Handbook of Childhood and Adolescent Obesity

Part of the series Issues in Clinical Child Psychology pp 351-368

Preventing Childhood Obesity through Collaborative Public Health Action in Communities

  • Vicki L. Collie-AkersAffiliated withUniversity of Kansas
  • , Stephen B. FawcettAffiliated withUniversity of Kansas

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Obesity, including among children, is a global public health problem that has grown dramatically over the last several decades (Wang & Lobstein, 2006). The rising prevalence of overweight and obesity in the population, and its dramatic implications for health care costs, requires collaborative public health action (Institute of Medicine, 2003). Obesity is caused by an imbalance of energy intake—too many calories consumed in food and drink in relation to energy used or calories burned in daily activity (Goran, Reynolds, & Lindquist, 1999). It is “a multi-factoral condition with wide-ranging causes, including genetic, social, cultural, and behavioral factors” (Parsons, Power, Logan, & Summerbell, 1999).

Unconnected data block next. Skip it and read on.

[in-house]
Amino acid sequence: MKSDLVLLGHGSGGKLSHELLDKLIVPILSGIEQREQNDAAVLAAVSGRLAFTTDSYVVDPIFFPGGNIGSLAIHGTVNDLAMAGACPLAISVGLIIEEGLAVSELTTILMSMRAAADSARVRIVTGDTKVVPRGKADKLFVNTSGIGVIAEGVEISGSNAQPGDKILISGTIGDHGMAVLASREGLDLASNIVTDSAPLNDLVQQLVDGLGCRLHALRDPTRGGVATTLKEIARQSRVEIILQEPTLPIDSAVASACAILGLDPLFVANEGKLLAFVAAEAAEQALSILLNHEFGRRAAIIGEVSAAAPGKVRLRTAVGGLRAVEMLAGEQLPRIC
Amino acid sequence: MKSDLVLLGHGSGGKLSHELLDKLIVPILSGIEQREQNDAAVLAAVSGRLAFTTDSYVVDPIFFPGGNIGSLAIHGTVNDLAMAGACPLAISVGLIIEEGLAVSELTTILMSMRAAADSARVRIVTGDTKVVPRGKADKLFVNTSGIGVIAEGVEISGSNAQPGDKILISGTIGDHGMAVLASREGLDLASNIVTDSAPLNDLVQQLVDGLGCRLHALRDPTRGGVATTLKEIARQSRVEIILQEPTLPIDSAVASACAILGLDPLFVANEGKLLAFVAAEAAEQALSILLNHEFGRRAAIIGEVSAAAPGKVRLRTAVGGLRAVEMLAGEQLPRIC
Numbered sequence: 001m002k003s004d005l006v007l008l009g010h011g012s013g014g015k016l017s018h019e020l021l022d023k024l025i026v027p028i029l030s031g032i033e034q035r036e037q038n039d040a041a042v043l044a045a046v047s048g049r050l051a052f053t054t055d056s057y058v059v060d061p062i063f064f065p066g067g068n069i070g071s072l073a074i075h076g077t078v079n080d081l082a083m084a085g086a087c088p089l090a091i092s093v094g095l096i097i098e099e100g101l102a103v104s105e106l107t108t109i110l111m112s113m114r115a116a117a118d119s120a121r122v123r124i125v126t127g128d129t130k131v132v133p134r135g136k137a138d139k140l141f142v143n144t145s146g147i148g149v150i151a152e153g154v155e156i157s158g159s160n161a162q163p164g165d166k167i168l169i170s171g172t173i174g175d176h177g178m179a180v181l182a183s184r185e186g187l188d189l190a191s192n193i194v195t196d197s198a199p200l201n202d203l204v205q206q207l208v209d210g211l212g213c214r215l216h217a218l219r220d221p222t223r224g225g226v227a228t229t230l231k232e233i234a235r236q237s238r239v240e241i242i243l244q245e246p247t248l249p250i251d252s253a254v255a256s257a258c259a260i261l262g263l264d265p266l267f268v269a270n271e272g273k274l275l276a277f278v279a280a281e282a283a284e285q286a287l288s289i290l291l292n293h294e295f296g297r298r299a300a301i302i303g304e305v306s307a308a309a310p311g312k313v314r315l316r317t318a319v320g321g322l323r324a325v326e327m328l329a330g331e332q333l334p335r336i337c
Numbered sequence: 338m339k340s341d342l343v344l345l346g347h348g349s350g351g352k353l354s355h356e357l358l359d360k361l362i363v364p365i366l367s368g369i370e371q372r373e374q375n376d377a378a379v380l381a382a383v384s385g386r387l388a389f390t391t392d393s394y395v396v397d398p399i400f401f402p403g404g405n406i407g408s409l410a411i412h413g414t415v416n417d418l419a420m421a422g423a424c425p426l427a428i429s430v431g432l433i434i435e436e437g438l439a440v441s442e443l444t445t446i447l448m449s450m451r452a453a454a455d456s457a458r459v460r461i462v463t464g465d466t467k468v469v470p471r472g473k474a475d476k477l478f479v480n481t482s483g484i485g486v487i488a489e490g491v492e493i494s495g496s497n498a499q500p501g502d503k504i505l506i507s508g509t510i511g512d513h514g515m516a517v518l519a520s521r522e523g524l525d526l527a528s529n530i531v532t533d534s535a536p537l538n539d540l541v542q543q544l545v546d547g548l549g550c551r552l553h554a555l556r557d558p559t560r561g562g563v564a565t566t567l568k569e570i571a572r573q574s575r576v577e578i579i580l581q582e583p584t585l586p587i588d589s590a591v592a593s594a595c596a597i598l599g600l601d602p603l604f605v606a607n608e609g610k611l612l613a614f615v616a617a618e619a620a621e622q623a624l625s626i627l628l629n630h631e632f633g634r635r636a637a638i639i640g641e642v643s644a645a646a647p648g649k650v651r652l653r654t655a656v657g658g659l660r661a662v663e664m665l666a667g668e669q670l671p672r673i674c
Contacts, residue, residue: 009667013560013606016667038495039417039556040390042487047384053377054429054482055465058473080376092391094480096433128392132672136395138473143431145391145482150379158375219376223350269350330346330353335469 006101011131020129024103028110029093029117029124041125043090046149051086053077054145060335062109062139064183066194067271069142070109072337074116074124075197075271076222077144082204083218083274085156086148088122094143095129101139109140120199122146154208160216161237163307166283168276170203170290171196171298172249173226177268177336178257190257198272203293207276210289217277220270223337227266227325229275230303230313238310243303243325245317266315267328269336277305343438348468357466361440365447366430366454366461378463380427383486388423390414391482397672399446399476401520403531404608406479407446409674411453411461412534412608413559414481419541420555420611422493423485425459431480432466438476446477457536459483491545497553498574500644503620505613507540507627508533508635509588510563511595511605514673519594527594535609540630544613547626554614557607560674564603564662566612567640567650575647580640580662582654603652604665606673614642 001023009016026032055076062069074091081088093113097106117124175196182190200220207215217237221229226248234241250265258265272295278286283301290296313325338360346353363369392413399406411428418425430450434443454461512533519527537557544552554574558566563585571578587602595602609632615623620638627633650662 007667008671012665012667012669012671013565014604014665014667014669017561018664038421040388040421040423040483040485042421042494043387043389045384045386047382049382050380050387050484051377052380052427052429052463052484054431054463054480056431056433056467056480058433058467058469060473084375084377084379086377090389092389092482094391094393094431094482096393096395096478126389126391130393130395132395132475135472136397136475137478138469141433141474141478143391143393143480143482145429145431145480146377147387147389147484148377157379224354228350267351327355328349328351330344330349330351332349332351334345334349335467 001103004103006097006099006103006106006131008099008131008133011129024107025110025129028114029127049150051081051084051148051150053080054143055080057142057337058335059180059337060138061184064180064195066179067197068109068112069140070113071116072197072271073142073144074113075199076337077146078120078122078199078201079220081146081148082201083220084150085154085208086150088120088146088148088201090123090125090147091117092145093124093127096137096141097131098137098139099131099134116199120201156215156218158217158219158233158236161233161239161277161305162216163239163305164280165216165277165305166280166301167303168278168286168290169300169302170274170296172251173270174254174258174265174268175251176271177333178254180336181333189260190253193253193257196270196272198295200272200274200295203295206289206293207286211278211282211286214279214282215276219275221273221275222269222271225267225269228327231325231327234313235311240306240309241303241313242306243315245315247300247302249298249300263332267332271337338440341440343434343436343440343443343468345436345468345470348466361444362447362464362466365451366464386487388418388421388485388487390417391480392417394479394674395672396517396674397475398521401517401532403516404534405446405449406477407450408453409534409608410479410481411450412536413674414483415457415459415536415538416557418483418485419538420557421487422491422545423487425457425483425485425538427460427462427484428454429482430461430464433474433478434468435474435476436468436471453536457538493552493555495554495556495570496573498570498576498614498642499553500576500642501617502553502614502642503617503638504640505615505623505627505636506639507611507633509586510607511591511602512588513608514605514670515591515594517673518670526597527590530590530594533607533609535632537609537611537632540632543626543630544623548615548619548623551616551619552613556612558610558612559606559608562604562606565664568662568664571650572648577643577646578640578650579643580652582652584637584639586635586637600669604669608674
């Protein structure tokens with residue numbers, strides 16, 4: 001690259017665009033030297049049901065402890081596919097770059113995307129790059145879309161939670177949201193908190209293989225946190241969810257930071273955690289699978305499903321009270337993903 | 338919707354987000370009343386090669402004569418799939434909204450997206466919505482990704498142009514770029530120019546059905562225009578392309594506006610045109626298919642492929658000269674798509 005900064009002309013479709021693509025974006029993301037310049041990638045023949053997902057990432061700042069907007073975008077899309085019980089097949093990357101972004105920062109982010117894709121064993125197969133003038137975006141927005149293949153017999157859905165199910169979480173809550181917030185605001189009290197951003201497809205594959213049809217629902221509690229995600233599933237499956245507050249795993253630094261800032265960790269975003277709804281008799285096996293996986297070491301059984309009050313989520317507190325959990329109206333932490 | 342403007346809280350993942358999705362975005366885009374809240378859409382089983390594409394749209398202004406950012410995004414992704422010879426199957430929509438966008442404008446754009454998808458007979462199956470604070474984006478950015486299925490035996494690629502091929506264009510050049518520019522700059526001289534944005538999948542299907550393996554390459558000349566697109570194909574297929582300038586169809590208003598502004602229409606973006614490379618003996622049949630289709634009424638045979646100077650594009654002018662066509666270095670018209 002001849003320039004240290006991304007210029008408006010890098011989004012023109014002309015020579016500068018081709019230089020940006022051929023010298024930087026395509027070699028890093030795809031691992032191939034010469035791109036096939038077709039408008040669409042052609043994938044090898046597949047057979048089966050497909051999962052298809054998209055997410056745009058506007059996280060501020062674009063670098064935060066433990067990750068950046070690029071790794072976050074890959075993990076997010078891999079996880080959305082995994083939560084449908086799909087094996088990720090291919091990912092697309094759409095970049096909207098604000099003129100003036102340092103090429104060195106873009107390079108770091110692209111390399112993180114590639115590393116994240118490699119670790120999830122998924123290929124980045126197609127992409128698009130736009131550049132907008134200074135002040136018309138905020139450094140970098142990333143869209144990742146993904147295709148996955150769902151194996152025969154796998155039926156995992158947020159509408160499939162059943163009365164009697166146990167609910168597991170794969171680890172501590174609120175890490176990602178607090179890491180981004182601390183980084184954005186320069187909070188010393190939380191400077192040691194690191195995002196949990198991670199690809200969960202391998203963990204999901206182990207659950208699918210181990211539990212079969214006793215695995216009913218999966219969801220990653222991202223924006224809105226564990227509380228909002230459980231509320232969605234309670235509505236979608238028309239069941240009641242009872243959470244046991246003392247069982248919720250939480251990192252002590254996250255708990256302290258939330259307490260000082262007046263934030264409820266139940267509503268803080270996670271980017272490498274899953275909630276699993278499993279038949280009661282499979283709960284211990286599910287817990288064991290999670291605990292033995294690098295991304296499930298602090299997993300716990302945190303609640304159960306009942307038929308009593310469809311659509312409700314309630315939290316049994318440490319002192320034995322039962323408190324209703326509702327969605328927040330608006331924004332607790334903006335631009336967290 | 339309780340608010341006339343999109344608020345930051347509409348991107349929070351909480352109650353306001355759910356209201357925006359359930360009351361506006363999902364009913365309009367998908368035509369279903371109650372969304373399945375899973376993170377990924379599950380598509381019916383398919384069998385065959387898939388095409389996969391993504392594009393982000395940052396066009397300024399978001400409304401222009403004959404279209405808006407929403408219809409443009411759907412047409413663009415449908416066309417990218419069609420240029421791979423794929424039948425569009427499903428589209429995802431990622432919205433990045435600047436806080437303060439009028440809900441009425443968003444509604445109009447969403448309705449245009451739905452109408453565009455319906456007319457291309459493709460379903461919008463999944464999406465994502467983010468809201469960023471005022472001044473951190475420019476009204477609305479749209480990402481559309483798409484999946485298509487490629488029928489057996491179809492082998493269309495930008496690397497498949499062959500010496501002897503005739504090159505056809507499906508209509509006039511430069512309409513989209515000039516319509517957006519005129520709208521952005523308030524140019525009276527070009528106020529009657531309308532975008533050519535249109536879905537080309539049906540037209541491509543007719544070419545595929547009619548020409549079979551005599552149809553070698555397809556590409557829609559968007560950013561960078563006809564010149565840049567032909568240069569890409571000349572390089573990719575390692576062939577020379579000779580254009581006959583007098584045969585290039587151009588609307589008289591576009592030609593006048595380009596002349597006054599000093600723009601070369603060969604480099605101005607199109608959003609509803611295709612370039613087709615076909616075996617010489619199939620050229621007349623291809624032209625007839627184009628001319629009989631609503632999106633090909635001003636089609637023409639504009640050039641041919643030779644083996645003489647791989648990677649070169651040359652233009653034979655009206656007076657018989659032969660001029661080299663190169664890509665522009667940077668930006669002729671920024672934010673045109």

Obesity prevention efforts focus on the personal and environmental factors that affect the key behaviors of physical activity and healthy nutrition (Dietz & Gortmaker, 2001). Personal factors include: a) knowledge and skill, such as knowledge of healthy food choices and skills in physical activity; b) experience and history, such as a history of positive consequences of engaging in physical activity; and c) biology/genetics including a family history or predisposition to obesity. The “prominent predictor” of obesity among children is overweight in early childhood (Salbe, Weyer, Lindsay, Ravussin, & Tataranni, 2002).